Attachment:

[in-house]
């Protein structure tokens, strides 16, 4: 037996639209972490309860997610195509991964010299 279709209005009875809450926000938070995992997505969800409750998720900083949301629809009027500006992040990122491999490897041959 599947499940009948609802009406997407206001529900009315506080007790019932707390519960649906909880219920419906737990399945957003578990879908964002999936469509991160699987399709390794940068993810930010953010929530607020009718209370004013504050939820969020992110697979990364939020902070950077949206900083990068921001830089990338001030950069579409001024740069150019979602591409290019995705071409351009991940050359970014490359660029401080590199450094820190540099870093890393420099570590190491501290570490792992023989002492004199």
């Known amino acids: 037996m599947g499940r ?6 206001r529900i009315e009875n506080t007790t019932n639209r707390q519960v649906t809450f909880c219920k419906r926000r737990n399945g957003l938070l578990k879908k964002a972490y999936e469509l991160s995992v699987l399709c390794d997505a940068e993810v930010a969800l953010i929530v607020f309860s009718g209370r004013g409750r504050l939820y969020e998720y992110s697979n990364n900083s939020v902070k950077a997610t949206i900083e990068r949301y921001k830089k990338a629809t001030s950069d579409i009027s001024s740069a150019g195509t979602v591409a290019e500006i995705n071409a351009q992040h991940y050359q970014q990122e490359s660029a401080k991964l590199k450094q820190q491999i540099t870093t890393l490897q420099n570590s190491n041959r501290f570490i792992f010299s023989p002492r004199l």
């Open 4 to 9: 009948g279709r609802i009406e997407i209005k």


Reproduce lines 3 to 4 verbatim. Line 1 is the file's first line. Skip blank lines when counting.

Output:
């Known amino acids: 037996m599947g499940r ?6 206001r529900i009315e009875n506080t007790t019932n639209r707390q519960v649906t809450f909880c219920k419906r926000r737990n399945g957003l938070l578990k879908k964002a972490y999936e469509l991160s995992v699987l399709c390794d997505a940068e993810v930010a969800l953010i929530v607020f309860s009718g209370r004013g409750r504050l939820y969020e998720y992110s697979n990364n900083s939020v902070k950077a997610t949206i900083e990068r949301y921001k830089k990338a629809t001030s950069d579409i009027s001024s740069a150019g195509t979602v591409a290019e500006i995705n071409a351009q992040h991940y050359q970014q990122e490359s660029a401080k991964l590199k450094q820190q491999i540099t870093t890393l490897q420099n570590s190491n041959r501290f570490i792992f010299s023989p002492r004199l």
């Open 4 to 9: 009948g279709r609802i009406e997407i209005k």